We Need a (Super) Hero

Andrew Belonsky :: Friday, May 7th, 2010 10:30 am

Iron Man streaks into theaters again this weekend. Thor, The Green Lantern and Captain America will soon fight big screen injustice, while Superman, Spider-Man and Batman have long reaped Hollywood success. Clearly there’s a demand for super heroes and their cinematic adventures. They’re flashy, exciting and bulging with testosterone. They’re wonderfully entertaining, yes, but super hero movies can also be terribly depressing.

Since Superman’s inception in 1938, children and adults alike have been fascinated by super heroes. I know I am: I’ve been a comic book reader since I was about six, when a Spider-Man and X-Men crossover landed in my lap and offered me a respite from my pre-gay angst. The heroes of Marvel and DC – which, by the way, co-own a trademark on the word “Super Hero” and many of its variations – were, for a period, my imaginary life. Why couldn’t such people truly exist, and save regular people from the woes of real life? I’m now an adult, and comics no longer dominate my life, but that doesn’t mean I don’t still fantasize about the possibility of superheroes, and wait anxiously for their arrival.

Superheroes sprang from the depression, when people needed something, anything, to lift them from their woes. Superman did just that, as did his friends the Flash, Wonder Woman, and Marvel’s Captain America and the Human Torch. Soon superheroes were fighting Nazis, Commies and other real life baddies, becoming reflections of our world, a trend that continues – Marvel’s currently dealing with a nation divided between left and right. With our real world in shambles, and with super villains like Osama bin Laden still roaming free, it’s high time someone heed the comic call and give us what we need: a super hero.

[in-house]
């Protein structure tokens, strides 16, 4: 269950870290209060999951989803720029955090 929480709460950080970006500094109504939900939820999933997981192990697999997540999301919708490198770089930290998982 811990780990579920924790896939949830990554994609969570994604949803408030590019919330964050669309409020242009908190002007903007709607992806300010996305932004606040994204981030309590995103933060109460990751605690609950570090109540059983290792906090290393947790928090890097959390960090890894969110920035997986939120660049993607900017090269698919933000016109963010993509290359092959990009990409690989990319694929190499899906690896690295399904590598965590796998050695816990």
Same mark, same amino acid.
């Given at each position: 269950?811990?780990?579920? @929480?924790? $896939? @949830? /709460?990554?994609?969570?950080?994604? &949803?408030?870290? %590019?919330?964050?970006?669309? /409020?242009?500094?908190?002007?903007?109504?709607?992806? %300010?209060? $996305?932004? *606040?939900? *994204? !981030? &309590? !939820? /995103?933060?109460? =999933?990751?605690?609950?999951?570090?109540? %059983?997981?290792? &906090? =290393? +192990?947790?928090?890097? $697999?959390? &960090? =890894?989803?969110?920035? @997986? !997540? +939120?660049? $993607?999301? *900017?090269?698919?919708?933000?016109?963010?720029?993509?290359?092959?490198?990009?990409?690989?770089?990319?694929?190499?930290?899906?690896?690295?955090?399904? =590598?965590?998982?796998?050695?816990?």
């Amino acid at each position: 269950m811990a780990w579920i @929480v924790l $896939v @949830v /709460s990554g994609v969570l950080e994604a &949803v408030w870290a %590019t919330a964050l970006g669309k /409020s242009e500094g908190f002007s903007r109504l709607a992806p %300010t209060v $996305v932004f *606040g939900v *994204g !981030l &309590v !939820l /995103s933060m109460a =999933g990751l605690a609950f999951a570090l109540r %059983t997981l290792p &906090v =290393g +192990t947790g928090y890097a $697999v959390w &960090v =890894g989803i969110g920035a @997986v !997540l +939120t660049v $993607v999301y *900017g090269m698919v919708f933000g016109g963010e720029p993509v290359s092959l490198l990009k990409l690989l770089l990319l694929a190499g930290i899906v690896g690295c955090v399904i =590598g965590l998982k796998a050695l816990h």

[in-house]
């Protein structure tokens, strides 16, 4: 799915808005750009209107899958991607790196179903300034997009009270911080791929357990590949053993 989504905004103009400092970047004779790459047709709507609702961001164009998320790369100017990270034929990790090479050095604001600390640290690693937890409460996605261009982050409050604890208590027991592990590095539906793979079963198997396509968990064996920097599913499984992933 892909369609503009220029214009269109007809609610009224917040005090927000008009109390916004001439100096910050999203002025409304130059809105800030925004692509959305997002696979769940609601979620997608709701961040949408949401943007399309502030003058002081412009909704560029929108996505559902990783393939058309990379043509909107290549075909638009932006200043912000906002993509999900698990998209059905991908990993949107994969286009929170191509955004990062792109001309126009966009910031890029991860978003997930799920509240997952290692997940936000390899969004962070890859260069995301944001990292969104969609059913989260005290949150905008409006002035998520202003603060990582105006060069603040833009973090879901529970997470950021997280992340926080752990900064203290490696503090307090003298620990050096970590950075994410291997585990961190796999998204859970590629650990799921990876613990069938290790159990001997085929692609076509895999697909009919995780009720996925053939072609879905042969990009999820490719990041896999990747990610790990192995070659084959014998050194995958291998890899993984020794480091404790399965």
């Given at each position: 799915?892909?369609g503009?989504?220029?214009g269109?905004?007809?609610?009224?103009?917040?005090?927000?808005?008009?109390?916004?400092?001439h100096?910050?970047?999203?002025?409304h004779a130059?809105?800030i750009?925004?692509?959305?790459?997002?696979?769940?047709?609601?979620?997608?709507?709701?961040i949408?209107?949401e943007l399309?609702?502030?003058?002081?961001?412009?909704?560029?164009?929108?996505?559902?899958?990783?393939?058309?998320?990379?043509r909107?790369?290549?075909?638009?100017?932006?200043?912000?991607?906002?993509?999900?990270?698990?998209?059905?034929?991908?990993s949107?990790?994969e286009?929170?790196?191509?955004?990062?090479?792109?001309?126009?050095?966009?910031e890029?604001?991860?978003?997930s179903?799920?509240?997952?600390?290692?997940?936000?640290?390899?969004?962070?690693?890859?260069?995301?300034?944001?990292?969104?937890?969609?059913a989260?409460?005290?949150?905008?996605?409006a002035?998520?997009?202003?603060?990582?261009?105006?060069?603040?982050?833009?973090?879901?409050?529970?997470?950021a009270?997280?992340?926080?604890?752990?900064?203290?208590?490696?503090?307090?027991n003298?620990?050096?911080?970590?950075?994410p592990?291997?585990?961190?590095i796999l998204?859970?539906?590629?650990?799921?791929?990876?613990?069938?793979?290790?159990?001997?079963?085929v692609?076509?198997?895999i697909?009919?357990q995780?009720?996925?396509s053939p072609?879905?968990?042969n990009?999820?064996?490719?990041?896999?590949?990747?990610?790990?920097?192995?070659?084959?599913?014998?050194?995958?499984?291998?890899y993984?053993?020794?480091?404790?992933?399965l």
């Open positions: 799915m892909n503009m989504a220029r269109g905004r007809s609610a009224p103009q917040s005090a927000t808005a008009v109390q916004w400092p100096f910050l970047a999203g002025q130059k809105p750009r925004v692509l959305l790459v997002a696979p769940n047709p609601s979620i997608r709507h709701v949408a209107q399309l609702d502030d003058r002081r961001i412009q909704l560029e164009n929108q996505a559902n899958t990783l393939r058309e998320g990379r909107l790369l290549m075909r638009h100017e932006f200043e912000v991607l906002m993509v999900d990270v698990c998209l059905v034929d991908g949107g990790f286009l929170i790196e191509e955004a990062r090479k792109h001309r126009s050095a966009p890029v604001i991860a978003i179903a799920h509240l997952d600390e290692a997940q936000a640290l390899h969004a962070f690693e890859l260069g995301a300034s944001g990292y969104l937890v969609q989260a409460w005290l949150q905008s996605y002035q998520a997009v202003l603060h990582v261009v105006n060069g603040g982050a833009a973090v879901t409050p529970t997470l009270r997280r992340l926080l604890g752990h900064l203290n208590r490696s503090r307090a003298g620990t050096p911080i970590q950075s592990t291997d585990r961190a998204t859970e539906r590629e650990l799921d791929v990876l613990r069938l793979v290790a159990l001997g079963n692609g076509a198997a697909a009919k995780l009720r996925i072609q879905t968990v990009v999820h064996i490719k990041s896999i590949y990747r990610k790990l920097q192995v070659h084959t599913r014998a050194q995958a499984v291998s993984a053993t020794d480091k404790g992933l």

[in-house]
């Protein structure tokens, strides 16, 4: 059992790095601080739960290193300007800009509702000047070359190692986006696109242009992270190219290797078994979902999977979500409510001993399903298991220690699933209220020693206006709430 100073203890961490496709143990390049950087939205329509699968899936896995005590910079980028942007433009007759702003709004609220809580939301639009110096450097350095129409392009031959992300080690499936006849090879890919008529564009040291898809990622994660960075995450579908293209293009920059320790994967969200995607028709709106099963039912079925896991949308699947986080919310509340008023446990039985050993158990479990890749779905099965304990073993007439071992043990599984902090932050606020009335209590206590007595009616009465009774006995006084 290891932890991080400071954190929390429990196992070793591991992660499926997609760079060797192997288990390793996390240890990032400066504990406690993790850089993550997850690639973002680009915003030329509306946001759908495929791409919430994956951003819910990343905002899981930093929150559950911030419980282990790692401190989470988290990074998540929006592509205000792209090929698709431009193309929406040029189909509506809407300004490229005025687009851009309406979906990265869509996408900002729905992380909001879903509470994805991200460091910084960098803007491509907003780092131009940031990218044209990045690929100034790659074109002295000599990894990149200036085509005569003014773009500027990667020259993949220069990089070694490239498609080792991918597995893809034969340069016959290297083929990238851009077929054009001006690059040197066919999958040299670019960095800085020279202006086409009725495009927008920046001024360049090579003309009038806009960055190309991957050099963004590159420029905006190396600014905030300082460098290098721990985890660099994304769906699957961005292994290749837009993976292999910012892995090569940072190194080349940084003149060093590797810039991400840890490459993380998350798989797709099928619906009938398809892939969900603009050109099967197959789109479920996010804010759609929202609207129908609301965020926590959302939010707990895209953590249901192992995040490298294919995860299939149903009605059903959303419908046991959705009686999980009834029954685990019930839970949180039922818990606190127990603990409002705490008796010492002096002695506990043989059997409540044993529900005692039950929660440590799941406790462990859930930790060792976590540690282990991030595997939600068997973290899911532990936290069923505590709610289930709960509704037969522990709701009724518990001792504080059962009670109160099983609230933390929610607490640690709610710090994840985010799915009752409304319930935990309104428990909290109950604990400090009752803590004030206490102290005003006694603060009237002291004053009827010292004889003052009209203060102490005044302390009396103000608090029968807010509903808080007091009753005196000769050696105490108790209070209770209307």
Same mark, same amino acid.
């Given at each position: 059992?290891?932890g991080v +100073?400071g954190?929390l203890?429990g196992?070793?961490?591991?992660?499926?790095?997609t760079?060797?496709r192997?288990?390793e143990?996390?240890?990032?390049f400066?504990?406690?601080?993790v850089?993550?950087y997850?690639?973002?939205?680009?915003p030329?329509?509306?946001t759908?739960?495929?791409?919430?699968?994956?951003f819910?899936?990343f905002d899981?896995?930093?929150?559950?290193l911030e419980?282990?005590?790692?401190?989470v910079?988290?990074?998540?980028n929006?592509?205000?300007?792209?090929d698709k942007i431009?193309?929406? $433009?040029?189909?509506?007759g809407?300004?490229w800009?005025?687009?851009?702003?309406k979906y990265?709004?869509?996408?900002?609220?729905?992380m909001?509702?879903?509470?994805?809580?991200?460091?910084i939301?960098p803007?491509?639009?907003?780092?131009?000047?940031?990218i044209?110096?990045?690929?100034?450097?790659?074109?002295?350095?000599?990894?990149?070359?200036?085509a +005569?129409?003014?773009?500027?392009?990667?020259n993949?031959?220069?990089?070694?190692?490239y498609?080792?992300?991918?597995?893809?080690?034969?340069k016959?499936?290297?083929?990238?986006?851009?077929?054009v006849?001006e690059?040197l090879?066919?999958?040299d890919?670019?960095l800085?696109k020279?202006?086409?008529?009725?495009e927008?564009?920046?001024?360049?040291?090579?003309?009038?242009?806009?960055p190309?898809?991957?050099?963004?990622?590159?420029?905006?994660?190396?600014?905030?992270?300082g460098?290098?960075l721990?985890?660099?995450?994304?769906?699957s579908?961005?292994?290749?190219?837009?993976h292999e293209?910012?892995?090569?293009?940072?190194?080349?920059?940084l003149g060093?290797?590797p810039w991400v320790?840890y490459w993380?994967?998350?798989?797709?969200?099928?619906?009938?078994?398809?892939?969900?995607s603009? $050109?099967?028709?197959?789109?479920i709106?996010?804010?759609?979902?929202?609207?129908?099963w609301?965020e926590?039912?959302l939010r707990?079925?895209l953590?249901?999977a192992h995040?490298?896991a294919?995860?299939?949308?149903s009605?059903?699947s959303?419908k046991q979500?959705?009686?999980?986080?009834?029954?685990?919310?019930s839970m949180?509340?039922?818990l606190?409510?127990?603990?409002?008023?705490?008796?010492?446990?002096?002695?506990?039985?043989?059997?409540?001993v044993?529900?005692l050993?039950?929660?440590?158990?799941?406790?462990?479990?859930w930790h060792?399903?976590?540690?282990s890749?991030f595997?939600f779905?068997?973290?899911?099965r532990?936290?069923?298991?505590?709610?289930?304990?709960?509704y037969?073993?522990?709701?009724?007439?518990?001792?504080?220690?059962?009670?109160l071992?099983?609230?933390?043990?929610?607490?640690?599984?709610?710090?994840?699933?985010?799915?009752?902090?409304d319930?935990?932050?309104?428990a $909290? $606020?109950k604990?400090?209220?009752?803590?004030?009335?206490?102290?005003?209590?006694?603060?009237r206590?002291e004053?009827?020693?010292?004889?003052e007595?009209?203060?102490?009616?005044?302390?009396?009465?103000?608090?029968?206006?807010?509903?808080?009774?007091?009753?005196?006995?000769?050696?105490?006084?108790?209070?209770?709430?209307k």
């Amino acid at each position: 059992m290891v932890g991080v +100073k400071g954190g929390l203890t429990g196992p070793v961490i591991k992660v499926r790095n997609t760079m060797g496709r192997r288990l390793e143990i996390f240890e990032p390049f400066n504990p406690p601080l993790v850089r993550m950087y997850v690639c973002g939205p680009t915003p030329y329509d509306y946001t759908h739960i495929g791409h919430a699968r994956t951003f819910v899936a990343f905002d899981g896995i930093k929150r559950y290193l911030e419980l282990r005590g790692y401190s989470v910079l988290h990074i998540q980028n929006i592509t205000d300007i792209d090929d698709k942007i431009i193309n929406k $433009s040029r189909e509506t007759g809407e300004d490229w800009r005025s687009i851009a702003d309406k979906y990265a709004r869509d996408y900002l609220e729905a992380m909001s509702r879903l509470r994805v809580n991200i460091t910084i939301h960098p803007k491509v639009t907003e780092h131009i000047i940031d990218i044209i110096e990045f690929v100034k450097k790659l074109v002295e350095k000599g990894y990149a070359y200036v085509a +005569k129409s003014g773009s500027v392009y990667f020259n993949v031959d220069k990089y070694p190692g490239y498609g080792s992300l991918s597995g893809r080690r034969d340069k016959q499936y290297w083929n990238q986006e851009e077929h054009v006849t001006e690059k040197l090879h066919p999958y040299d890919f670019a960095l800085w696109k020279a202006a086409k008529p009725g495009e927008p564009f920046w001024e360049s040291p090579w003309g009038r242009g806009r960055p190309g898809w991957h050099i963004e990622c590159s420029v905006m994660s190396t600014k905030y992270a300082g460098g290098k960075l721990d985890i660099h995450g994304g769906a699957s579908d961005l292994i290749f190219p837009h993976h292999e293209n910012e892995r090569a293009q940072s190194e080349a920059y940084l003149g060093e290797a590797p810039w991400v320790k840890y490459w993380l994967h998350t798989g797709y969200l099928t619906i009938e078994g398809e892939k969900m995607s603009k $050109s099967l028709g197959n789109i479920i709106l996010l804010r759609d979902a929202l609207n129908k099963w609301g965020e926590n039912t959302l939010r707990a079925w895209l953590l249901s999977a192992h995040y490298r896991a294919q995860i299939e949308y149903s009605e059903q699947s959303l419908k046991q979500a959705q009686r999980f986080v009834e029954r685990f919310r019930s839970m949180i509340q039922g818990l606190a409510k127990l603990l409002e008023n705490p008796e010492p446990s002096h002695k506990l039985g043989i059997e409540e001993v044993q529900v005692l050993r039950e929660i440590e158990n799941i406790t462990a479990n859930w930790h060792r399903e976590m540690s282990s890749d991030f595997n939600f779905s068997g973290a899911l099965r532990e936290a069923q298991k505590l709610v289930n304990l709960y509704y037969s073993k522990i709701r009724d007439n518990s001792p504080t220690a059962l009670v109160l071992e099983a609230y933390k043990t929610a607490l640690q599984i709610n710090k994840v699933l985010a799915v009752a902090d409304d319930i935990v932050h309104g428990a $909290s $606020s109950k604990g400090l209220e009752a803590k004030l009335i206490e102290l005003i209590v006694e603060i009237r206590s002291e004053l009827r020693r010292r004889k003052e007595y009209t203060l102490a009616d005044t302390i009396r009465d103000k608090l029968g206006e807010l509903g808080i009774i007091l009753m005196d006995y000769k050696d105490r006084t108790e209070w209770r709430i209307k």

Yeah, yeah, police officers, fire fighters and soldiers are all heroes of sort, but they’re not super heroes. Super heroes need something special, like a suit of armor or perhaps a laser cuff that can blast through walls. These may sound farfetched, but the army already has prototypes for Iron Man-esque suits, and ray guns have been in development for years. It can’t be too long until they’re stable enough for heroic fashioning. And certainly there’s enough technology to make Batman, who’s technically a costumed crime fighter, a real life character.

The military must not be in charge of these efforts, because our hero needs to act independently. Luckily, there are plenty of ultra-rich who I’m sure would underwrite such a venture. I bet Warren Buffett would be a good patron. He seems benevolent enough to find a good-hearted participant. Intentions are key: we can’t have a villain masquerading as a hero.  Though superheroes’ powers, chivalrous intentions and costumes are all seductive characteristics, the real power of heroes comes from the hope they engender.

Most Superman fans admit that the latest big screen rendering wasn’t the best. Still, one scene in particular makes me a bit misty: when long-lost Superman catches the falling plane and delivers it safely to a ballpark, thus revealing to the world that he has returned from a space slumber. The crowd goes wild, of course: their prodigal hero has returned. Such moments happen very rarely in real life. And that makes me sad.

Kate Bosworth’s Lois Lane won a Pulitzer for an article called “Why the World Doesn’t Need Superman.” Superman’s return, and the fact that he saved her ass, again, makes her reconsider, and she tells her hero, played disastrously by Brandon Routh, that humans do in fact need Superman. Kirsten Dunst has told Tobey Maguire’s Spider-Man roughly the same thing. Our world needs such heroes. The biggest challenge to getting our super man, however, may be regular Joes.

For someone to be a superhero, they need more than just powers and a flashy costume. They have to have high values and apolitical compassion. They overcome mankind’s selfish, bitter flaws. If someone here, in this world, can achieve that, and find the technology a superhero needs, then perhaps my comic book dreams will one day come true. If human history has shown us one thing, it’s that man’s capable of heinous things, and isn’t inclined to selflessness. Perhaps I’m too cynical, but it seems to me that my real life super person won’t be arriving anytime soon. But that doesn’t mean he or she won’t fly onto the scene some day. Until then, I’ll just have to settle for the comics.